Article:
Watered with Knowledge

Detailed understanding of technologies and site conditions keeps AAA Allied Septic thriving in a slow economy and on challenging sites in the dry lands of New Mexico
Watered with Knowledge
Ralph Baker Dotson, right, and Richard Jennings, owners of Water Management Associates, check an alarm panel designed by Jennings and manufactured by SJE-Rhombus. (Photography by Gene Peach)

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A two-generation installation, pumping and management company in Santa Fe has found opportunities and sustained growth by staying ahead of the knowledge curve.

In this dry, soil-challenged area of New Mexico, where summer and winter temperatures are often at opposite ends of the scale, survival in business depends on mastering an equally broad range of technologies. Matching technology to site to aesthetics, Ralph Baker Dotson, owner of AAA Allied Septic Tank Service, succeeds by continuously acquiring and sharing onsite knowledge across his service area, which covers a 125-mile radius from his home base.

AAA Allied handles tank pumping, system design and installation, and repairs. To accommodate diverse customer needs, Baker Dotson formed Water Management Associates six years ago to provide maintenance, management and operation services. That business focuses on management of advanced treatment systems using technologies such as Geoflow drip systems, SludgeHammer bacterial generators, Koi trickling filters, and a wide variety of aerobic units.

No matter who installed a given system, Water Management will take it on. The business is also a comfortable home for orphaned systems, which often need more intensive care to bring them back to optimal performance before the monitoring mode kicks in.

The businesses can refer work to the other. “We look at the expected type and likely duration of an ongoing relationship when we guide work to one or the other,” says Baker Dotson.

“Because we service a broader range of technologies than we install, we must become more than competent at understanding every technology we encounter. It is usually the orphan systems that bring the greatest challenge, as manuals and parts may no longer be easily located.”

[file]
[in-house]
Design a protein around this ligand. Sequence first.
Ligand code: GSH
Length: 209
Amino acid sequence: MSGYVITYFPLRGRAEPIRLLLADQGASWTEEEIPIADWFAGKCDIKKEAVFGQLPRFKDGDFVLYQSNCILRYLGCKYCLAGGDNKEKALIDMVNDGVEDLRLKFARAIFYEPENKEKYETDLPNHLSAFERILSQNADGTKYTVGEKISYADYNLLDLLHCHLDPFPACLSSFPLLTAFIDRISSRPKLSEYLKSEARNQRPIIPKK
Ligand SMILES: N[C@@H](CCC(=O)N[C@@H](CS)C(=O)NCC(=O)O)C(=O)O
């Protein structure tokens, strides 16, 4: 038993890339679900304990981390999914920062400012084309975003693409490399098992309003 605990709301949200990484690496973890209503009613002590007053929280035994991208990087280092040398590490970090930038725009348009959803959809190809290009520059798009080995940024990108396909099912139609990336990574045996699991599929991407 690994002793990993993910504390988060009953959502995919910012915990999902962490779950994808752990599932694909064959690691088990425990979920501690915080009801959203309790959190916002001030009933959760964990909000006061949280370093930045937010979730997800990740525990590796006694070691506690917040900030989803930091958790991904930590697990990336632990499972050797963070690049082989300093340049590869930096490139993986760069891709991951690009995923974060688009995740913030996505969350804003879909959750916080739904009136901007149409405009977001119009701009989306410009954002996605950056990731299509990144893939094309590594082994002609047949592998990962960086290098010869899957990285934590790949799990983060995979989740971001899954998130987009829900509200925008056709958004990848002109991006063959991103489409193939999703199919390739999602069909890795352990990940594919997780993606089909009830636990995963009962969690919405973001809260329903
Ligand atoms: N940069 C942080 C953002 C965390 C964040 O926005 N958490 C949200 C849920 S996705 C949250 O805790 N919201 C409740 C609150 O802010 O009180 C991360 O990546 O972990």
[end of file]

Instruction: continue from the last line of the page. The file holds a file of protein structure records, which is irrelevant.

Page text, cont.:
Starting young

Baker Dotson got an early start working beside his dad, Carl, when he was 13 years old. “That first year, I was basically hanging out with my dad,” he says. “But when I was 14, I started paying attention.” When his dad died suddenly, Baker Dotson stepped up and, with his mom, Florence, kept the business going. A few years after high school, he bought out his mom.

“What sets us apart is that we know and understand wastewater treatment and dispersal technology,” Baker Dotson says. “We understand the statewide regulations, and we consistently follow them, along with related manufacturers’ standards.”

Consistency in approach and practice is also something customers want, and that explains why, even in slow times, business for AAA Allied is strong.

AAA Allied works across the spectrum of onsite services. About 35 percent of the business comes from new installation and modifications, 20 percent from repairs and service, 30 percent from pumping, and 15 percent from inspections for real estate sales.

When it comes to inspection, Baker Dotson observes, “The standard is the standard.” He adheres to it whether he’s working for the buyer or seller; in either case, the information he gathers about the system determines his report’s conclusions. “If you want a system passed just to make a sale, you won’t call me,” he says. “If I do my job right, all parties are protected from future loss, and everybody benefits.”

Describing his inspection philosophy, he returns to the critical necessity of understanding the system. “It is easier to fail a system and sell a ‘repair’ than to take the time to discover and understand the hidden system and what its condition is telling you,” he says. A typical inspection details the system for the customer and, if needed, proposes an appropriate solution that fits the technology, the site, and the level of need.


Essential certification

His faith in standards extends to certification for installers, except that here he sees certification as a step in the learning process, not its end. He believes too many installers, inspectors and management service providers see certification or state licensure as a final step.

“The idea that a document lets the holder stop learning is too common in this industry,” he says. “The professionals in this industry want to learn and grow.” As president of the Professional Onsite Wastewater Reuse Association of New Mexico, Baker Dotson has leveraged the association’s respected position, turning it into a kind of soapbox from which to deliver his message of progress to regulators, legislators and industry peers.

The industry benefits from a single statewide set of onsite siting, design and management regulations. “That consistency keeps costs down by avoiding multiple sets of regulation books and the need to say to myself, ‘OK, what county am I in today and what are their regulations on this matter?’” says Baker Dotson.

Education is a two-way street, and AAA Allied employees are as skilled at educating customers as they are working in the field installing, evaluating and maintaining systems. Education begins with a customer’s first phone contact with Gina, office manager and Baker Dotson’s wife. The education doesn’t stop with the final handshake and wave goodbye.

Throughout the relationship, the customer receives a steady stream of detailed information about the site, the system, and how to care for it. Here, too, thorough information sharing is part of every employee’s job description.